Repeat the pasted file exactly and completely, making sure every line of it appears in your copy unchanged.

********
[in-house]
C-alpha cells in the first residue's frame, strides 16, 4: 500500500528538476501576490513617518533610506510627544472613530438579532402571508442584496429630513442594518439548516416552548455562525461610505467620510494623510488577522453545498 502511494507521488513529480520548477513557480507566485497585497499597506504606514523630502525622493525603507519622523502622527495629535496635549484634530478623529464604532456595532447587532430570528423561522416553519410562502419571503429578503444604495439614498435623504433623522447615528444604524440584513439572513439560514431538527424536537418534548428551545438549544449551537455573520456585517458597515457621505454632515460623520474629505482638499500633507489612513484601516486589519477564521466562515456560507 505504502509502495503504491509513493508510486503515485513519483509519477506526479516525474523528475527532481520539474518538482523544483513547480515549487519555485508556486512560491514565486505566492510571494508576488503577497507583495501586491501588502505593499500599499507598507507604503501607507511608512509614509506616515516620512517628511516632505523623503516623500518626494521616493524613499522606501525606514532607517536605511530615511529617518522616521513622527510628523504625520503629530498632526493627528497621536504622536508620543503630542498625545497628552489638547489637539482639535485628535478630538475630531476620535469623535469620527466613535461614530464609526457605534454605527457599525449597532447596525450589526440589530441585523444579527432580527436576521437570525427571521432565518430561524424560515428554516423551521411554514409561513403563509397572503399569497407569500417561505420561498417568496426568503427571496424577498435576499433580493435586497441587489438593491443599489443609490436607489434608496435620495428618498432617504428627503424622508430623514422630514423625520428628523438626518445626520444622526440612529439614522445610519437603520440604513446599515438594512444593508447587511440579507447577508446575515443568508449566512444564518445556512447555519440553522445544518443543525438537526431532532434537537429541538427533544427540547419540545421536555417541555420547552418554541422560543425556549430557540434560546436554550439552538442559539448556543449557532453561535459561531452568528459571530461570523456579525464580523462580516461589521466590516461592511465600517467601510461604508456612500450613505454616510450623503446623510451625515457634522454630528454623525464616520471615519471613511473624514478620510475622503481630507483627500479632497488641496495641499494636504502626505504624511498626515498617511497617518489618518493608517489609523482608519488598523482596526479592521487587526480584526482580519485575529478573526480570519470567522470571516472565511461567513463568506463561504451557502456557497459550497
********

[in-house]
C-alpha cells in the first residue's frame, strides 16, 4: 500500500528538476501576490513617518533610506510627544472613530438579532402571508442584496429630513442594518439548516416552548455562525461610505467620510494623510488577522453545498 502511494507521488513529480520548477513557480507566485497585497499597506504606514523630502525622493525603507519622523502622527495629535496635549484634530478623529464604532456595532447587532430570528423561522416553519410562502419571503429578503444604495439614498435623504433623522447615528444604524440584513439572513439560514431538527424536537418534548428551545438549544449551537455573520456585517458597515457621505454632515460623520474629505482638499500633507489612513484601516486589519477564521466562515456560507 505504502509502495503504491509513493508510486503515485513519483509519477506526479516525474523528475527532481520539474518538482523544483513547480515549487519555485508556486512560491514565486505566492510571494508576488503577497507583495501586491501588502505593499500599499507598507507604503501607507511608512509614509506616515516620512517628511516632505523623503516623500518626494521616493524613499522606501525606514532607517536605511530615511529617518522616521513622527510628523504625520503629530498632526493627528497621536504622536508620543503630542498625545497628552489638547489637539482639535485628535478630538475630531476620535469623535469620527466613535461614530464609526457605534454605527457599525449597532447596525450589526440589530441585523444579527432580527436576521437570525427571521432565518430561524424560515428554516423551521411554514409561513403563509397572503399569497407569500417561505420561498417568496426568503427571496424577498435576499433580493435586497441587489438593491443599489443609490436607489434608496435620495428618498432617504428627503424622508430623514422630514423625520428628523438626518445626520444622526440612529439614522445610519437603520440604513446599515438594512444593508447587511440579507447577508446575515443568508449566512444564518445556512447555519440553522445544518443543525438537526431532532434537537429541538427533544427540547419540545421536555417541555420547552418554541422560543425556549430557540434560546436554550439552538442559539448556543449557532453561535459561531452568528459571530461570523456579525464580523462580516461589521466590516461592511465600517467601510461604508456612500450613505454616510450623503446623510451625515457634522454630528454623525464616520471615519471613511473624514478620510475622503481630507483627500479632497488641496495641499494636504502626505504624511498626515498617511497617518489618518493608517489609523482608519488598523482596526479592521487587526480584526482580519485575529478573526480570519470567522470571516472565511461567513463568506463561504451557502456557497459550497